Sea Science

Understanding Great Hammerhead Migration

Friday, 10 March 2017 23:11

By Tanya Houppermans

Hammerhead 01

Although great hammerhead sharks (Sphyrna mokarran) appear powerful and robust, recent research has shown that they are in fact one of the most fragile shark species, being particularly vulnerable to the stress of capture. Even those that are released after being hooked have a nearly 50% chance of succumbing after their ordeal.1 To better protect these sharks, a greater understanding of their movements is needed. The results of a new study conducted by scientists at the Bimini Biological Field Station in Bimini, Bahamas have provided a major step forward by showing the migration patterns and regional connectivity of great hammerheads between the Bahamas and the United States.

Conservation

Diving Community Defeats Illegal Mining Company on Bangka Island

Thursday, 27 April 2017 05:12

By Sarah Wormald

Bangka 01

Image courtesy of GotMuck

The beautiful island of Bangka sits in the heart of the Coral Triangle in Indonesia. Its white sand beaches, crystal clear water, endemic species, traditional way of life and phenomenal coral reefs make it an idyllic diving destination. But for 8 years it has been threatened by corruption and illegal mining, which has left forest areas damaged, mangroves destroyed, islanders distressed and the diving community angered.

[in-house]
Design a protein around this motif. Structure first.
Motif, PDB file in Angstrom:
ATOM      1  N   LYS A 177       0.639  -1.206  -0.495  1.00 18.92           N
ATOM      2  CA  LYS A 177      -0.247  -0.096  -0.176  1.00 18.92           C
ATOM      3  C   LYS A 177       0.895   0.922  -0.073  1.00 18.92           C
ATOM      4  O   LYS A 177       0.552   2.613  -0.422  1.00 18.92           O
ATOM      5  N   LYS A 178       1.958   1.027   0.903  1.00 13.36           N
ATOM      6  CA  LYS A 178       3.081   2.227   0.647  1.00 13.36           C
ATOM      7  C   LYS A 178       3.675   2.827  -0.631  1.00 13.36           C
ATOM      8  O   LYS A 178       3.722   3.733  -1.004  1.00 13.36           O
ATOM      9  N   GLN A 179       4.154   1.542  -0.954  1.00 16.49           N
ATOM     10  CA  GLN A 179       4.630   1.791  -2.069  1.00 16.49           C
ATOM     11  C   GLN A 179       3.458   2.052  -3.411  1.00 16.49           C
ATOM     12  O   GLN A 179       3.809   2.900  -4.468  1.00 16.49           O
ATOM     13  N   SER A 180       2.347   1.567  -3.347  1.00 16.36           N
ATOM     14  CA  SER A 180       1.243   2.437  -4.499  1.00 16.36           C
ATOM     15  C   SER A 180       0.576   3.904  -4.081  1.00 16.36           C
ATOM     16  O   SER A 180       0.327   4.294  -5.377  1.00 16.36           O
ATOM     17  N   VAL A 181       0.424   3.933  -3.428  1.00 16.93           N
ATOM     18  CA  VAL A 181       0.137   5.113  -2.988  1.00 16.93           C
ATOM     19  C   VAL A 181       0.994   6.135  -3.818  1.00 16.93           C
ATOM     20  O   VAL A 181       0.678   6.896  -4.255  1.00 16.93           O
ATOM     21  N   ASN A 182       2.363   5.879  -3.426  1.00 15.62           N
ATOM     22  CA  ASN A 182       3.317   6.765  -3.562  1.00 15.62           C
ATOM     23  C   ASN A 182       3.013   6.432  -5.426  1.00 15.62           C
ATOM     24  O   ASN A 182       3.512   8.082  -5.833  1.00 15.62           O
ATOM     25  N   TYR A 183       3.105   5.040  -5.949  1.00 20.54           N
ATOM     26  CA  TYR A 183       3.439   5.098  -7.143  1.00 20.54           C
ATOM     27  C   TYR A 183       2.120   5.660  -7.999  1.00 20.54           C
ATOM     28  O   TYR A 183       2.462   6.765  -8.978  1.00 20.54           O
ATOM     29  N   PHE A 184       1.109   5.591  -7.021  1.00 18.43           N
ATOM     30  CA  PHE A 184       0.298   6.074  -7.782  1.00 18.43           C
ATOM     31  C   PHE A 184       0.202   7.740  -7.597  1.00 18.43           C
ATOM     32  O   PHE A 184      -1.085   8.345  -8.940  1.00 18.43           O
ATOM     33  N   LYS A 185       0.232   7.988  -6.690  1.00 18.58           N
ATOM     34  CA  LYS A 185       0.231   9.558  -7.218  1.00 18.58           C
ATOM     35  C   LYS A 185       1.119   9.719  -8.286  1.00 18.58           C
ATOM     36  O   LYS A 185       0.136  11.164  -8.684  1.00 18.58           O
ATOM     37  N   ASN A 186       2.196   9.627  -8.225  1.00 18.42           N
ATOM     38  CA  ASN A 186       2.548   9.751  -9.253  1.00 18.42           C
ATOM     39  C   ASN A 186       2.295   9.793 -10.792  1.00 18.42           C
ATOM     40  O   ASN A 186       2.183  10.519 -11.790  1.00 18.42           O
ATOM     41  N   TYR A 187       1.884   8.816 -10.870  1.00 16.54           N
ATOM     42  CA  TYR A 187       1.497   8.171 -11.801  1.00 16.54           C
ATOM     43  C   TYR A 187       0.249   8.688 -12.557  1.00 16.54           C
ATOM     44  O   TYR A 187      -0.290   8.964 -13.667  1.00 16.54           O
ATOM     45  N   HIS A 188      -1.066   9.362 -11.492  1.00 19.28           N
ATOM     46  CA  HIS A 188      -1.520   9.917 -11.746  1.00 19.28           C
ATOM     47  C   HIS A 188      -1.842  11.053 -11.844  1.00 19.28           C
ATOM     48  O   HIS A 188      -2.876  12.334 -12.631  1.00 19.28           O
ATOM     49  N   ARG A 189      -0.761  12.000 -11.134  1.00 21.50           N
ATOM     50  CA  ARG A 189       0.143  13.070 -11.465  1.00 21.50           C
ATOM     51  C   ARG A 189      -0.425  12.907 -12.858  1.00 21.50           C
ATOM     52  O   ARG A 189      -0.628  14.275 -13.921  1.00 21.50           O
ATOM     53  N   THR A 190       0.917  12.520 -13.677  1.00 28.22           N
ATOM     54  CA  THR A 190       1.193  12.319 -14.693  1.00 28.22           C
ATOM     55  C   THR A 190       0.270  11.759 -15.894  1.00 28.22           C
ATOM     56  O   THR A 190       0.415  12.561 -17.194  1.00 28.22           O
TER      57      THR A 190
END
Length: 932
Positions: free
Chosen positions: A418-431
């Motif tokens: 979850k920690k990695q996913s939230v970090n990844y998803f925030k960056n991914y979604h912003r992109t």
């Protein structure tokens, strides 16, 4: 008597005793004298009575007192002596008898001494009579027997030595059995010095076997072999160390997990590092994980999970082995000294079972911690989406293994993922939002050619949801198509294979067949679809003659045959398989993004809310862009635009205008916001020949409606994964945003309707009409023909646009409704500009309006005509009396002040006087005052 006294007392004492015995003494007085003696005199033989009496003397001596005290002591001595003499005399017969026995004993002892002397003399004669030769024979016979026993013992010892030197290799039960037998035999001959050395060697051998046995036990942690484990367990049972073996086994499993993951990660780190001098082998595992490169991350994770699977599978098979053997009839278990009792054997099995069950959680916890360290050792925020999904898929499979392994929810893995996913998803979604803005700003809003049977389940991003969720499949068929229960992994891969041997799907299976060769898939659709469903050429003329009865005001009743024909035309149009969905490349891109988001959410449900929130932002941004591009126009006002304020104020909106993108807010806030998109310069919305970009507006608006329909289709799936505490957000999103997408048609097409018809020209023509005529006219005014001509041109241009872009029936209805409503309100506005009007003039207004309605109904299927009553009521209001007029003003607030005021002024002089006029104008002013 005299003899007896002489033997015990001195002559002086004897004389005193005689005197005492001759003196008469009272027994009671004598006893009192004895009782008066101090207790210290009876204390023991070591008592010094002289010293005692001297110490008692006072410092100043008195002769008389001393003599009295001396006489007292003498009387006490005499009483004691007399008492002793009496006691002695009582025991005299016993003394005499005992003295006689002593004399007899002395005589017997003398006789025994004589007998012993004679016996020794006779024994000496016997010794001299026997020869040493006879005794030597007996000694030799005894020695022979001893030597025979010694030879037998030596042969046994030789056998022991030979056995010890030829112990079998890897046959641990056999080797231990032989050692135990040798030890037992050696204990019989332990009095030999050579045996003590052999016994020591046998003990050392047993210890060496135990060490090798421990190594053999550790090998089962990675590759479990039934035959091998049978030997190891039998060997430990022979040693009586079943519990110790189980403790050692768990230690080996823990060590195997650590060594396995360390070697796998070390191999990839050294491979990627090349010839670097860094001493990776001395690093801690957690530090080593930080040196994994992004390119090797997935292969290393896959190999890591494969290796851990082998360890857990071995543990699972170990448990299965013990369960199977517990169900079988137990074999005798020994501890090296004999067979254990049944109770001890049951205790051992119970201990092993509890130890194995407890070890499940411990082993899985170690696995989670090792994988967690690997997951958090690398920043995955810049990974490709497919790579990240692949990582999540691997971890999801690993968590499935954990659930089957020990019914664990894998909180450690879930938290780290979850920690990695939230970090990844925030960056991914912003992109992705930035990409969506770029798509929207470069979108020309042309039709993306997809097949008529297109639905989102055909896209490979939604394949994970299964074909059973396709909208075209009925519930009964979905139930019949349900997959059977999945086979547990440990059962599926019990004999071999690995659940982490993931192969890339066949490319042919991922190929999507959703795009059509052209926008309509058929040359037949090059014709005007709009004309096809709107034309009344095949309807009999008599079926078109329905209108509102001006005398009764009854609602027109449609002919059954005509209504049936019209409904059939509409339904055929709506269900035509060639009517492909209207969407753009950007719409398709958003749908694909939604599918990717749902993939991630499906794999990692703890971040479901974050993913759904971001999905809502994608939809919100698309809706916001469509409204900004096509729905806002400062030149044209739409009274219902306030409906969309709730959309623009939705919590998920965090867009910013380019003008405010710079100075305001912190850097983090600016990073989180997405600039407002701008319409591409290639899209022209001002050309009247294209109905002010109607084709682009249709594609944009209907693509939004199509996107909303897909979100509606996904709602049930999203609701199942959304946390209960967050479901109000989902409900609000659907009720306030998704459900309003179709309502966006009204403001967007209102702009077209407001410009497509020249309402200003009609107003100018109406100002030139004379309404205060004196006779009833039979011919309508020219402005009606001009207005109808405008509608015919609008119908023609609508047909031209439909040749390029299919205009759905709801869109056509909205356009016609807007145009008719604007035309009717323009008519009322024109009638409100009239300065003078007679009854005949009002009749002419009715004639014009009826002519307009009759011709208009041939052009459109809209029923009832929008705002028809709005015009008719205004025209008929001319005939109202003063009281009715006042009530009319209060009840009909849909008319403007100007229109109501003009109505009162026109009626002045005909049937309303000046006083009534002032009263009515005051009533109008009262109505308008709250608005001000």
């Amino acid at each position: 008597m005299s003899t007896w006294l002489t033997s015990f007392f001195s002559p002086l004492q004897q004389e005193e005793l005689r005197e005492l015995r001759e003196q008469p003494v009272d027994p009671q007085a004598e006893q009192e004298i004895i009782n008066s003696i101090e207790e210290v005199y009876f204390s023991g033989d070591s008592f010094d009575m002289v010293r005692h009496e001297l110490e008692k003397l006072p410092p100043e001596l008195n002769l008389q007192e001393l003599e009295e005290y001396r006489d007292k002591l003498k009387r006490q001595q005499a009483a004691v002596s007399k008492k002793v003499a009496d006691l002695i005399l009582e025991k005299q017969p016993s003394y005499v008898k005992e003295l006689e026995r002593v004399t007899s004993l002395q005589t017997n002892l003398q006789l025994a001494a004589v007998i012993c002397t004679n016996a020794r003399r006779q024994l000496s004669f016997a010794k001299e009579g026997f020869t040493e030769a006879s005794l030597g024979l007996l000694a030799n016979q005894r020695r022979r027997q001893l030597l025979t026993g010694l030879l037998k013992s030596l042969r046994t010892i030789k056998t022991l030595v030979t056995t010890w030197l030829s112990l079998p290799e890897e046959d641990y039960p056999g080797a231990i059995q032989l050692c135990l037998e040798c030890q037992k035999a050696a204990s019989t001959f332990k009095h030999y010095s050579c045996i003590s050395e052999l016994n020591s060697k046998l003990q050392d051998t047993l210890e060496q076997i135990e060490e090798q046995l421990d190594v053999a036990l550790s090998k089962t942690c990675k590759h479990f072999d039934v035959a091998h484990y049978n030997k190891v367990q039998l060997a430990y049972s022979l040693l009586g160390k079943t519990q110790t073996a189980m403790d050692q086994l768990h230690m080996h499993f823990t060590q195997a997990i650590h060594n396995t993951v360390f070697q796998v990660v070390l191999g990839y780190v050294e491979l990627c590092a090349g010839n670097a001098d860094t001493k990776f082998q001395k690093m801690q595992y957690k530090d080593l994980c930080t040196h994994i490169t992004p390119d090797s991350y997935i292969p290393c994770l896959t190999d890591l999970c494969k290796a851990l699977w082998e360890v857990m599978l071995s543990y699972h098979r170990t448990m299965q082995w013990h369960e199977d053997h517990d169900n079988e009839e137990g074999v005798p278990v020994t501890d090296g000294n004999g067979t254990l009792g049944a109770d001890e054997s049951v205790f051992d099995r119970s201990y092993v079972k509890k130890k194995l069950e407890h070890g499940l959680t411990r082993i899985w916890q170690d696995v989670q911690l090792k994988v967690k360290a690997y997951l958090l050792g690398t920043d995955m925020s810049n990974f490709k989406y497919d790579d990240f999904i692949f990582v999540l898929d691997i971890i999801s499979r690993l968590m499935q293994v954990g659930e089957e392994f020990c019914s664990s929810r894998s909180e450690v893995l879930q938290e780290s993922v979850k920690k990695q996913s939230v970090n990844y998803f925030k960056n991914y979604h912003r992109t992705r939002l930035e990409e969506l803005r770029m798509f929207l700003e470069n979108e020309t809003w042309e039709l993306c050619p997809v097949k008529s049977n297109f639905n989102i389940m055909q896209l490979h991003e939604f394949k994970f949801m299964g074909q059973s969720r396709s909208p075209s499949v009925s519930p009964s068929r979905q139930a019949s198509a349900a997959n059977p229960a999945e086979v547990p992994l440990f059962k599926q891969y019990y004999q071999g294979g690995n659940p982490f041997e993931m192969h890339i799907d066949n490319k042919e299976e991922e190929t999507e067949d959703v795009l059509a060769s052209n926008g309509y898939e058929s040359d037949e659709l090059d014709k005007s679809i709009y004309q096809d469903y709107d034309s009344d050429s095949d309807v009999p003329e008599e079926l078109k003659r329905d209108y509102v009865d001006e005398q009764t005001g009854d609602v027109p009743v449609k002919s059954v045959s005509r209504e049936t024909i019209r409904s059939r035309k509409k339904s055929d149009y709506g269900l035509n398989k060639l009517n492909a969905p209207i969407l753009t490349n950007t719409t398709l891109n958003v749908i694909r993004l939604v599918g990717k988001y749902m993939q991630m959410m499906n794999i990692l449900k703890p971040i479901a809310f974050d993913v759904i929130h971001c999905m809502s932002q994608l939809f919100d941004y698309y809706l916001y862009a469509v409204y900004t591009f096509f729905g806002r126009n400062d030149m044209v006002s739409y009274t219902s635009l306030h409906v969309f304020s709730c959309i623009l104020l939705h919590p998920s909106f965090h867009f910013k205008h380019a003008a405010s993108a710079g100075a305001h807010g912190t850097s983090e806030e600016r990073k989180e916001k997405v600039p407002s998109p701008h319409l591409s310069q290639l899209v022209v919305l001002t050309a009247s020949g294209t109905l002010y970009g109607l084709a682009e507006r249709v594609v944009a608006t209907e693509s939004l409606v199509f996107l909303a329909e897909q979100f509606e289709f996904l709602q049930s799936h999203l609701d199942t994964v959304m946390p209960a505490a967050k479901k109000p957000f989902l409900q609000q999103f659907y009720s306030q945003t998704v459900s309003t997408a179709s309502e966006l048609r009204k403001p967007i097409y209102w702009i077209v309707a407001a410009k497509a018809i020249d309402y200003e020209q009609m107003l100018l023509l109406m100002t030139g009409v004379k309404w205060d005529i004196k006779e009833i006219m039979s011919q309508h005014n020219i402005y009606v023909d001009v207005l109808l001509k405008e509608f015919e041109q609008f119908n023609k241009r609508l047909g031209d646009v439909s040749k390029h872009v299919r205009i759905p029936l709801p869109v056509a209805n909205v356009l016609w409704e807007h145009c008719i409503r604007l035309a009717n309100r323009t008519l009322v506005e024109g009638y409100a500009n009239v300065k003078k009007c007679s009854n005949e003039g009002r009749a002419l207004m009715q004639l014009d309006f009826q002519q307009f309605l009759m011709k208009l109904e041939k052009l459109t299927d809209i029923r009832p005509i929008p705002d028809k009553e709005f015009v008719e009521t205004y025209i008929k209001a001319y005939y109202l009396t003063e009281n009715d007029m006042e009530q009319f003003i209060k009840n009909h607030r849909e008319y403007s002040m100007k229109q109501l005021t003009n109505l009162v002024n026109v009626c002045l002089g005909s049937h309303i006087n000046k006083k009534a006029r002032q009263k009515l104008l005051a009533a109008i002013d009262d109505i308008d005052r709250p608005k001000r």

Lifestyle

Reef Safe Sunscreen

Tuesday, 13 June 2017 01:15

By Heather Jeffries

Stream2Sea 01

We love to play in, on, and under the waters of our planet. The coral reefs, our oceans, the fragile balance of our freshwater sources and all the creatures within shouldn’t be harmed while we are protecting our bodies. It’s time to make a change; if we want to play in the water, we should also be responsible for what we bring into it. Understanding how our skin care products can affect the marine environments we love is the first step to making better, more EcoConscious choices.

Travel

Manta Alley

Saturday, 03 June 2017 19:03

Text and photos by Mike Scotland

MantaAlley 01

At South Komodo, the cooler waters of the Indian Ocean meet the North Pacific Ocean at Indonesia. Gaps in the Indonesian archipelago exchange seawater, and the upwelling of nutrients from the deeper Indian Ocean creates rich plankton blooms. Blue whales use this path on their annual migrations. Other magnificent creatures come here to benefit from the bounty created where oceans merge. We travelled here on the Seven Seas liveaboard to see the resident manta rays. The magnificent reef manta, Manta alfredi, can grow to a maximum size of 4.5 metres. The far larger Manta birostrus or oceanic manta grows well over seven metres; they are found at Raja Ampat.

Photography

Capture Critters in Lembeh This Year

Friday, 19 May 2017 20:07

By Sarah Wormald

Critters17 01

Image by Sascha Janson

The Lembeh Strait is world famous for its amazing muck diving and outstanding density of critters, making it an underwater photographer’s dream. Whether you are a budding photographer or already an experienced shooter, an underwater photography workshop in Lembeh is an incredible experience - especially when you’re surrounded by renowned professionals.